A Comparative Study of Gender Representation in Iranian English High School Books and TouchStone Series: A Critical Discourse Analysis

Document Type : Original Article

Authors

1 Assistant Prof. Department of Teaching English and Linguistics, Faculty of Literature and Humanities, Ayatollah Borujerdi University, Borujerd City, Iran

2 Assistant Prof. Department of Teaching English and General Courses, Faculty of Theology, Shahid Mahalti University, Qom City, Iran

10.22034/ijce.2021.262839.1283

Abstract

The present study aims to critically compare Iranian English high school books, namely Vision 2 & 3 with TouchStone 2 & 3 to disclose how male and female genders are represented. For this purpose, some factors, including the frequency of male and female characters, the frequency of male and female genders in terms of photographical presentation, and the ratio of ownership by male and female genders were calculated, interpreted, and explained in light of Fairclough’s (2001) three-dimension critical discourse analysis model. Results revealed that although both series of textbooks suffer from gender bias in favor of the male gender, the Iranian English high school books privilege the male gender compared to TouchStone 2 & 3. It was hypothesized that this inequality in gender representation in the Iranian English high school books might trace back to the cultural context of Iran wherein the females have been more or less marginalized. However, the authors of TouchStone 2 & 3 may have tried to mirror equality status between males and females in the western world. It was concluded that different stereotyped gender representation with the prevalence of an androgenic view in the Iranian English high school books has its roots in methodological and epistemological failures rather than strict adherence to Islamic ideology or Iranian cultural norms because Islam has adopted an egalitarian stance about sexes in society and other areas. Finally, in light of the findings, some pedagogical implications are proposed.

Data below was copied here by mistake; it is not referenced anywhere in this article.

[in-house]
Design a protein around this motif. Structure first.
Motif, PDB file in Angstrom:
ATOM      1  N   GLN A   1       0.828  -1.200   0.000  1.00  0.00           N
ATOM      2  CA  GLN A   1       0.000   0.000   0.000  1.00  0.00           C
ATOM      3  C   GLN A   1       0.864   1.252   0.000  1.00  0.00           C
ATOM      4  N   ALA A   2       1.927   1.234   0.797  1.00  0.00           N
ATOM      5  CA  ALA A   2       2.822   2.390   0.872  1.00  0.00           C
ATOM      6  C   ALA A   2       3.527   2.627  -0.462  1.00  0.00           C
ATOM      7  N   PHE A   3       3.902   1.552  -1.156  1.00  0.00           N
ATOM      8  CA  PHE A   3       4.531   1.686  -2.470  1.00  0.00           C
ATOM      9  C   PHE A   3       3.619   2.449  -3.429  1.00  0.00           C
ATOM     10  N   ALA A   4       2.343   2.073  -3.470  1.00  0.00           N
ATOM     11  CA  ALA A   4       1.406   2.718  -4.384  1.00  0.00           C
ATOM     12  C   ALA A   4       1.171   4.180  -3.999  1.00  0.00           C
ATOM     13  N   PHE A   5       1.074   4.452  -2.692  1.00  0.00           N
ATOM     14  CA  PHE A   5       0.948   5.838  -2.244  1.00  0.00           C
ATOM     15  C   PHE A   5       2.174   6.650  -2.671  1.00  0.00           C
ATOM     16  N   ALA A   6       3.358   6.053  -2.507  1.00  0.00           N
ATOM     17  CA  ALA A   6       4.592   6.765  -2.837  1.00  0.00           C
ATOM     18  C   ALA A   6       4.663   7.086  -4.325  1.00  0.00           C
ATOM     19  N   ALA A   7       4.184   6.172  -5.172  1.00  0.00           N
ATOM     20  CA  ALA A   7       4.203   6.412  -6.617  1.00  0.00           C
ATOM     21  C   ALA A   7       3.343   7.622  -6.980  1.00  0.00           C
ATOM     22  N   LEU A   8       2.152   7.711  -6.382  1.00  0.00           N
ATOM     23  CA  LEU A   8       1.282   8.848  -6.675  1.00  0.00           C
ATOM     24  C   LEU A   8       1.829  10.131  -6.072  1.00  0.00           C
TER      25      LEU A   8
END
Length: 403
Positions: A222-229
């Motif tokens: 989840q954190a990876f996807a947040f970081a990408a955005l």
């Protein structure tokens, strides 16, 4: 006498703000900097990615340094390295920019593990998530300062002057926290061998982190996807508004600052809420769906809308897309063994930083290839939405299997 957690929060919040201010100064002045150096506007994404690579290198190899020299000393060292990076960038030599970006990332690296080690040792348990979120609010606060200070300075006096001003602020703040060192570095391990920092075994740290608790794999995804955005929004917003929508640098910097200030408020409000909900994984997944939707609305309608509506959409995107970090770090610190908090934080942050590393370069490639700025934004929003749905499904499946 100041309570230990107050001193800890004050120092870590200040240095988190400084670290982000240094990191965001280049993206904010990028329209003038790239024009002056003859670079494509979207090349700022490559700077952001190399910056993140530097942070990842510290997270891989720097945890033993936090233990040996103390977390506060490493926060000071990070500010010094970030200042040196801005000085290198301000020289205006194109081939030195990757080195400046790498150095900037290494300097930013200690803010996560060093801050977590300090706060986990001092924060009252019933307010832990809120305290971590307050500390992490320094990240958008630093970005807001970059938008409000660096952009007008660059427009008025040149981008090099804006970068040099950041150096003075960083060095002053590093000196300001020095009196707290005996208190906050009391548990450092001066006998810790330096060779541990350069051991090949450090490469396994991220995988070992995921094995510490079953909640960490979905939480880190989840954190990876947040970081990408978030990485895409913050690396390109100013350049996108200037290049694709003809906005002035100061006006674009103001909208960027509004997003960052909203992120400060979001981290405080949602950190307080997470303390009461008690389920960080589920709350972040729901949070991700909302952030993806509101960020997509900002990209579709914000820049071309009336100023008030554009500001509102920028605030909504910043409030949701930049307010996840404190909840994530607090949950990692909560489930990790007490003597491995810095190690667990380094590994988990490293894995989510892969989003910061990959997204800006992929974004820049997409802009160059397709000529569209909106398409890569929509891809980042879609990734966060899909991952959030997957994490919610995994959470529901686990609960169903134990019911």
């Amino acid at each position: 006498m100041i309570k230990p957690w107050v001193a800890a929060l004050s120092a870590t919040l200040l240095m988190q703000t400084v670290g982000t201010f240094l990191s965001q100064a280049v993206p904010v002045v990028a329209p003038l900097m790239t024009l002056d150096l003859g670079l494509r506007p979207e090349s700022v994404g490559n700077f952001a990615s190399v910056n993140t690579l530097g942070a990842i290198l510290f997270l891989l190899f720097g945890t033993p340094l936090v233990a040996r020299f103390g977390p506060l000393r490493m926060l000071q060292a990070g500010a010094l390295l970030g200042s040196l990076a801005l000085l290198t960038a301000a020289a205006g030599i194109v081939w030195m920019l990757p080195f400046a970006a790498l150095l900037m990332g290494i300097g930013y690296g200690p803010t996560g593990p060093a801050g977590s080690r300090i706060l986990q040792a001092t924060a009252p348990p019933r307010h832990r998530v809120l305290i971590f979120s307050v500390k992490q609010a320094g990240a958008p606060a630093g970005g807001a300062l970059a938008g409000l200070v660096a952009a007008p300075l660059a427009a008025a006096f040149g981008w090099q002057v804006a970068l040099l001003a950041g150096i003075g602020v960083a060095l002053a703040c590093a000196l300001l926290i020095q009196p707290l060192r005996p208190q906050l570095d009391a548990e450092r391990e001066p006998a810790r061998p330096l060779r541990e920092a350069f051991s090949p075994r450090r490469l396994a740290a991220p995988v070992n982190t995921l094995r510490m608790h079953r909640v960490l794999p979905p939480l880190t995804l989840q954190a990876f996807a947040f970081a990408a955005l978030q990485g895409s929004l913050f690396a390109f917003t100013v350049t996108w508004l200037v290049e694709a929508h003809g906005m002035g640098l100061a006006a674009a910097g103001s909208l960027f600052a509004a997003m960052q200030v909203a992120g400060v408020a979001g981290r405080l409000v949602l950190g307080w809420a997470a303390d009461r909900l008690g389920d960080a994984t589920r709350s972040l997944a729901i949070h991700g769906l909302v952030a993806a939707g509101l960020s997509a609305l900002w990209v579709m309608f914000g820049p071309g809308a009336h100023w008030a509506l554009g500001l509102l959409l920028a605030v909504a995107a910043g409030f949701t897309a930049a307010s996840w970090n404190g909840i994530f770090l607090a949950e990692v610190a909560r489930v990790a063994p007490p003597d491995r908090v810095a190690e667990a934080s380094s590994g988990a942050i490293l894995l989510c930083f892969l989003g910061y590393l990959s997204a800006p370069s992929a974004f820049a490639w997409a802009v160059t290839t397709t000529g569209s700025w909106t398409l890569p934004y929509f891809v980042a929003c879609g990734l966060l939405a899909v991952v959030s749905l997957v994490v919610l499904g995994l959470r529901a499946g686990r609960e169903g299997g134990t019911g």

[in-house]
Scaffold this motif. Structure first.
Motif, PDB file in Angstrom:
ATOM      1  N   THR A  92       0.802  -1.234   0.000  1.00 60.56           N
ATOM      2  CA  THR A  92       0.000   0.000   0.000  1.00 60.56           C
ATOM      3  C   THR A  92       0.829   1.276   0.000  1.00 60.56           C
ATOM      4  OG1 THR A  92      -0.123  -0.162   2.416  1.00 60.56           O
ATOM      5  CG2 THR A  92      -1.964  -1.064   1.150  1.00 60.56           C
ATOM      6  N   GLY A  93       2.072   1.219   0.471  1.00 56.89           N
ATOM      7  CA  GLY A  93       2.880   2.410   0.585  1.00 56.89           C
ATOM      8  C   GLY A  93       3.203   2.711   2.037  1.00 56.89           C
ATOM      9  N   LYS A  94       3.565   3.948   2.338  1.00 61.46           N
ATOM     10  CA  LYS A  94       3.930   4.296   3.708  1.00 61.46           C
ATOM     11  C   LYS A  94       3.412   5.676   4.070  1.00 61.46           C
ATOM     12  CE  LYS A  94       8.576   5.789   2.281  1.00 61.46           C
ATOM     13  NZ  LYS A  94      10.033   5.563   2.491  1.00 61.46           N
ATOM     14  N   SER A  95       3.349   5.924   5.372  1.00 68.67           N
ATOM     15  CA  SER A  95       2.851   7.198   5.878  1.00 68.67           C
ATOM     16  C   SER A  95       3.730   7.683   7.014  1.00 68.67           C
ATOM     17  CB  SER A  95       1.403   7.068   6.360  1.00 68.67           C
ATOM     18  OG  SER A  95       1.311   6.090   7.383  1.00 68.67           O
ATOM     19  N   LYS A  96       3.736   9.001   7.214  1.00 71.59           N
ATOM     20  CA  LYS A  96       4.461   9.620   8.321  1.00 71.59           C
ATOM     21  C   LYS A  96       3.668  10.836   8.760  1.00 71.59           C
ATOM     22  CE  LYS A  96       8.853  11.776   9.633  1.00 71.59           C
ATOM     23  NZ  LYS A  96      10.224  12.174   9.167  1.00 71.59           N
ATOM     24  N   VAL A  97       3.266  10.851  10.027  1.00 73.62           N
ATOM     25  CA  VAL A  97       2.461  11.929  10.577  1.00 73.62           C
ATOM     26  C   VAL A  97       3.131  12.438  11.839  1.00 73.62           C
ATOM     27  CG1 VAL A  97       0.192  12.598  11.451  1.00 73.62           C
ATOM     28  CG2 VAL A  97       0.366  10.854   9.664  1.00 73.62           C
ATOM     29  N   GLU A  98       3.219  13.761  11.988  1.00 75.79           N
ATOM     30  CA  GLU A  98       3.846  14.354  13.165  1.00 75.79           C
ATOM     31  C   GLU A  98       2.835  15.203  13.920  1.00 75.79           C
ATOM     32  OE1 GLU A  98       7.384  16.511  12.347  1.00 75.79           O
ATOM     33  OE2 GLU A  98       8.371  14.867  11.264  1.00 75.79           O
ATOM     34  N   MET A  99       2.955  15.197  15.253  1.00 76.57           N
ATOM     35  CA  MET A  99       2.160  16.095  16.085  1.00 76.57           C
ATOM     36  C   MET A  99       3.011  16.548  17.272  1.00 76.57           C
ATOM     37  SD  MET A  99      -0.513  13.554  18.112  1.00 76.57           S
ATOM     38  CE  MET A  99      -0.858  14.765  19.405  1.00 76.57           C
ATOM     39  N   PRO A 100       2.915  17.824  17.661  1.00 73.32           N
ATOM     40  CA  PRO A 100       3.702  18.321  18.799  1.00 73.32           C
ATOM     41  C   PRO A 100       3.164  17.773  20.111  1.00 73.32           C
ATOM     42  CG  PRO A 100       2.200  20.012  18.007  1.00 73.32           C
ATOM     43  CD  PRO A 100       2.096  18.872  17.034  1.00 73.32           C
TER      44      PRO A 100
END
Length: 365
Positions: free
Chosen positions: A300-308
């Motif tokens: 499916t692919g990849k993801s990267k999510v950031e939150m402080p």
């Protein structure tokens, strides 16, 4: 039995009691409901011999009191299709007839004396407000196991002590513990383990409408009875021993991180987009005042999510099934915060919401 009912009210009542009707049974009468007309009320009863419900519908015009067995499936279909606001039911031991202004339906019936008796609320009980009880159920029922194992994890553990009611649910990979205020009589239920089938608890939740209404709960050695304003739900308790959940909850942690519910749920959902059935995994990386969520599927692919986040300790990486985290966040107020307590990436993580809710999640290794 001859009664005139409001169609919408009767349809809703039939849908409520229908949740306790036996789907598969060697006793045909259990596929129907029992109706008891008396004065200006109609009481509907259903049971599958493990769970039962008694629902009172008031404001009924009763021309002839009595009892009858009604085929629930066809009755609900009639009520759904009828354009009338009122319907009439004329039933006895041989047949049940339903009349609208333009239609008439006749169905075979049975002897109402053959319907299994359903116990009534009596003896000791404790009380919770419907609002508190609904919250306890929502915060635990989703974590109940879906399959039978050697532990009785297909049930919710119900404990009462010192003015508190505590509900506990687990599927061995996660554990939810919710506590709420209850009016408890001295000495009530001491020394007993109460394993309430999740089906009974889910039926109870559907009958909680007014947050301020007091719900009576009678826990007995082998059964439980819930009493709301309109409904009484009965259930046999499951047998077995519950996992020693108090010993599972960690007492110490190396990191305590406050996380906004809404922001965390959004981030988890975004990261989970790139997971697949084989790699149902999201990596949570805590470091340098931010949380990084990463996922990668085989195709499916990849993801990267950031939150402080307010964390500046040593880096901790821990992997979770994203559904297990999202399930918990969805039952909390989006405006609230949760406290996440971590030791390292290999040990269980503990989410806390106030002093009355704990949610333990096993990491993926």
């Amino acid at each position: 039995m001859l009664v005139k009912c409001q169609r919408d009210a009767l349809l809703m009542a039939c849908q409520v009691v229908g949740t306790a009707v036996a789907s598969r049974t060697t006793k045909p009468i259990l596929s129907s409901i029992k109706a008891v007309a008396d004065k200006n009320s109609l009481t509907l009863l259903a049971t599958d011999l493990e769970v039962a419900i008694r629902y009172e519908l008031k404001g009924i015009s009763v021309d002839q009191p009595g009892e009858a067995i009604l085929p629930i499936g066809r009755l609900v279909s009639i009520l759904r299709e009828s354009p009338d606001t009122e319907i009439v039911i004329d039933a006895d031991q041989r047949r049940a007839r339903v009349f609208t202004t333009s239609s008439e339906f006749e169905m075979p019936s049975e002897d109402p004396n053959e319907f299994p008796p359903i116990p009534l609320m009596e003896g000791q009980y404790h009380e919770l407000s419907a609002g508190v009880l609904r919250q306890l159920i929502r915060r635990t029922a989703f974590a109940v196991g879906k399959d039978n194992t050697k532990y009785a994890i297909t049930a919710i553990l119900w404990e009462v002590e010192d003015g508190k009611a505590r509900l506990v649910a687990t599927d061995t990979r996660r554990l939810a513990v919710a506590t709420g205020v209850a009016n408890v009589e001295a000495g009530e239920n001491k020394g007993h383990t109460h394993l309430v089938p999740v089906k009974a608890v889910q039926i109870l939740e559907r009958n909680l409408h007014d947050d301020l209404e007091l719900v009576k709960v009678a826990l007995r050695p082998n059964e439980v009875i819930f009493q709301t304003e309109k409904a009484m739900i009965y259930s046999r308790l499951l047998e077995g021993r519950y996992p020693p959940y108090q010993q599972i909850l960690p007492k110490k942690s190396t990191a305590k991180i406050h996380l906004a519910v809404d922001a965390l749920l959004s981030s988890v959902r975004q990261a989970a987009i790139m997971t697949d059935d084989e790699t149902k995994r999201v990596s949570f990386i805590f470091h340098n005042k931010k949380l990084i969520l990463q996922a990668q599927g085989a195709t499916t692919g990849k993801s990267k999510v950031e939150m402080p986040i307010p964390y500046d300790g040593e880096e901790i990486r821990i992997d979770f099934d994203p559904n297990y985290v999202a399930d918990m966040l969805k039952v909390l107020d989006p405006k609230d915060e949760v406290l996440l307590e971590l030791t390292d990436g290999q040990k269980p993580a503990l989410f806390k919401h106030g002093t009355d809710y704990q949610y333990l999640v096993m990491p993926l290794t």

Highlights

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Keywords

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Main Subjects


Article Title [فارسی]

مطالعه تطبیقی کتاب های زبان انگلیسی دوره دبیرستان با کتاب های تاچ استون در باره چگونگی ارائه مفهوم جنسیت : تحلیل انتقادی گفتمان

Authors [فارسی]

  • افشین رضایی 1
  • سجاد فرخی پور 2
  • زینب عزیزی 1
1 استادیار گروه آموزش زبان انگلیسی دانشگاه آیت الله بروجردی، بروجرد، ایران
2 استادیار گروه ادبیات و زبان عمومی مرکز آموزش عالی شهید محلاتی، قم، ایران
Abstract [فارسی]